BDA and its Benevolent Fund
What on earth is happening at the BDA, Michael Watson questions.
Last week, as a member, I received an email from PEC chair, Mick Armstrong, about proposed changes to the Benevolent Fund’s rules, which he described as taking it away from its ‘democratic roots’, isolating it from its major supporters and potentially damaging its ability to help those most in need of its support.
Long-time Benevolent Fund trustee, Bill Nichols, has described these allegations as ‘scaremongering and fake news’, with a full response expected later from the fund.
He said that the rule changes were ‘purely and simply’ to enable the charity to conform more closely to the Charity Commission’s Code of Governance for Smaller Charities.
Dedication and commitment
The BDA Benevolent Fund was established in 1883, shortly after the association was formed.
Its aim is to provide financial assistance to dentists and their dependants in need regardless of whether or not they were BDA members.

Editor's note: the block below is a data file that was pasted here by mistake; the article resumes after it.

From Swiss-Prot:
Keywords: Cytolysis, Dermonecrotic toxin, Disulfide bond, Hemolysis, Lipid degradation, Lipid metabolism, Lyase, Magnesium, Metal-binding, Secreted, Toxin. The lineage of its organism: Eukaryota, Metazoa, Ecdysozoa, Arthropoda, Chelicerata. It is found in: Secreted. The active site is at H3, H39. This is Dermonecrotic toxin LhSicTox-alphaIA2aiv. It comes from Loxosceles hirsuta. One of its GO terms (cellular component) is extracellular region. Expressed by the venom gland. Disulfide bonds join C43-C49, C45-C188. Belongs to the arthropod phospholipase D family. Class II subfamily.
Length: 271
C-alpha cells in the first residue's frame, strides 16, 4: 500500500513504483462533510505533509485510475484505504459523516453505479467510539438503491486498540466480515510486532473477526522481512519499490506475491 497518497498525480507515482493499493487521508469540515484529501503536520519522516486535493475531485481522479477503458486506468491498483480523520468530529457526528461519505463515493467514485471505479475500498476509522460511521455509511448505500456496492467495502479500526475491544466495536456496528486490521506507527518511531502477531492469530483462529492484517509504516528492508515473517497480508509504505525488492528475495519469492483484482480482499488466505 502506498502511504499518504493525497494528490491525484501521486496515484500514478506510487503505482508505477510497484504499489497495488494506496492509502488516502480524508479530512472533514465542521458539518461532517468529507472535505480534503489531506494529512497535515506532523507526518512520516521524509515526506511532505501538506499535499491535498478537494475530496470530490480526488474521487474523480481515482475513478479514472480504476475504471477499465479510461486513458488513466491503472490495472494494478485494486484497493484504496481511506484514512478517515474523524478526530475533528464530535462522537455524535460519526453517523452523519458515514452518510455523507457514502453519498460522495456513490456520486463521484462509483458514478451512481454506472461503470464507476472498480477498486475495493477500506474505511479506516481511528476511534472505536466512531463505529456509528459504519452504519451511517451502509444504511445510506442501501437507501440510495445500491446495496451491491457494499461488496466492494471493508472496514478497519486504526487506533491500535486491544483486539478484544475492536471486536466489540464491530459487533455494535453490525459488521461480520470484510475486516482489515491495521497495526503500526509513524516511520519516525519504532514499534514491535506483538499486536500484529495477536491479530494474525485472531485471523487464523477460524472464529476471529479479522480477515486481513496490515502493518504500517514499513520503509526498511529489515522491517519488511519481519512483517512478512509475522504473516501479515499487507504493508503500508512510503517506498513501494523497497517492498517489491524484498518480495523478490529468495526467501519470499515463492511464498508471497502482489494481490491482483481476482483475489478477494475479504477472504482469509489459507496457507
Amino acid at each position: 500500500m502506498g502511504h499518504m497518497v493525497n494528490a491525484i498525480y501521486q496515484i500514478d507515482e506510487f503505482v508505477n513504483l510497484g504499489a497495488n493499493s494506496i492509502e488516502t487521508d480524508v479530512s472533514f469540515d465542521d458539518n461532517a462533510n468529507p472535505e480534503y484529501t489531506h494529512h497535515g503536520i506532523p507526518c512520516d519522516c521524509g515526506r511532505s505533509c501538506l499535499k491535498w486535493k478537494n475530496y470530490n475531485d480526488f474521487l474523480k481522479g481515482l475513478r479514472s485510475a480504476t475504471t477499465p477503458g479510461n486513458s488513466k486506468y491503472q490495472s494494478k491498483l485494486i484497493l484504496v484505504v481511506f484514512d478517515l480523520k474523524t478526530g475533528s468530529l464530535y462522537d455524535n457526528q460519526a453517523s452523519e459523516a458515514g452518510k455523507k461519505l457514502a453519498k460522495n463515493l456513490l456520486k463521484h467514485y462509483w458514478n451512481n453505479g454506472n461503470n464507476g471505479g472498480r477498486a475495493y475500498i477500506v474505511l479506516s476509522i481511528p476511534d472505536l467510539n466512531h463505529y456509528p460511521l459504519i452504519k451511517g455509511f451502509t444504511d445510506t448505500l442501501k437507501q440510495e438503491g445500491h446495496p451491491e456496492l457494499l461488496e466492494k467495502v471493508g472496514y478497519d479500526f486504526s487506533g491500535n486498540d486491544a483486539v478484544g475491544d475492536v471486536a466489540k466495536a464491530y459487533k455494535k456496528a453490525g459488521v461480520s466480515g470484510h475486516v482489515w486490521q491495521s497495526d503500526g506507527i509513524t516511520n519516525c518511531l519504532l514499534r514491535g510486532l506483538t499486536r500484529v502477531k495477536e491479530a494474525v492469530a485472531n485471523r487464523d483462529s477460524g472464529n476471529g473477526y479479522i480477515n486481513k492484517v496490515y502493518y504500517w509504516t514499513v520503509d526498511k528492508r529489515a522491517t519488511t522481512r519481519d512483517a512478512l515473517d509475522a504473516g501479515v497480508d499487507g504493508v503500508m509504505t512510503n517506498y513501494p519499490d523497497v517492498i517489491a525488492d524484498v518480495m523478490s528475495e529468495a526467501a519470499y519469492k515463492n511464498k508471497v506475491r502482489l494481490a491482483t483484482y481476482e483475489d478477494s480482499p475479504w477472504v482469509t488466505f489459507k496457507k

My experience of the fund, its trustees and representatives across BDA branches comes from many years, both as a staff member and one who held office locally in the BDA.
I have seen first hand the dedication and commitment of the trustees and branch representatives, who are often the first point of contact for dentists in need.
It is inconceivable that they would do anything that was not in the best interests of the association or its members.
The president of the BDA, this year Susie Sanderson, is after all the patron of the Benevolent Fund.
To add to my concerns about the BDA, last week I received confirmation that Peter Ward had temporarily stood aside as chief executive of the association.
Since 1 August he ‘has been acting in the new role of managing director, overseeing key projects in the BDA’s 2018-21 strategy,’ the BDA told me.
This may all be logical and for the good of the association, but it raises the question of why members have not been informed.
I found out because I asked as a journalist, I should have been told last month as a member.
The dispute with the Benevolent Fund has been conducted in public, which is not the way to conduct business with a charity that is so closely interwoven with the BDA.
The association appears without direct and rudderless, so I ask again, what on earth is happening at the BDA?
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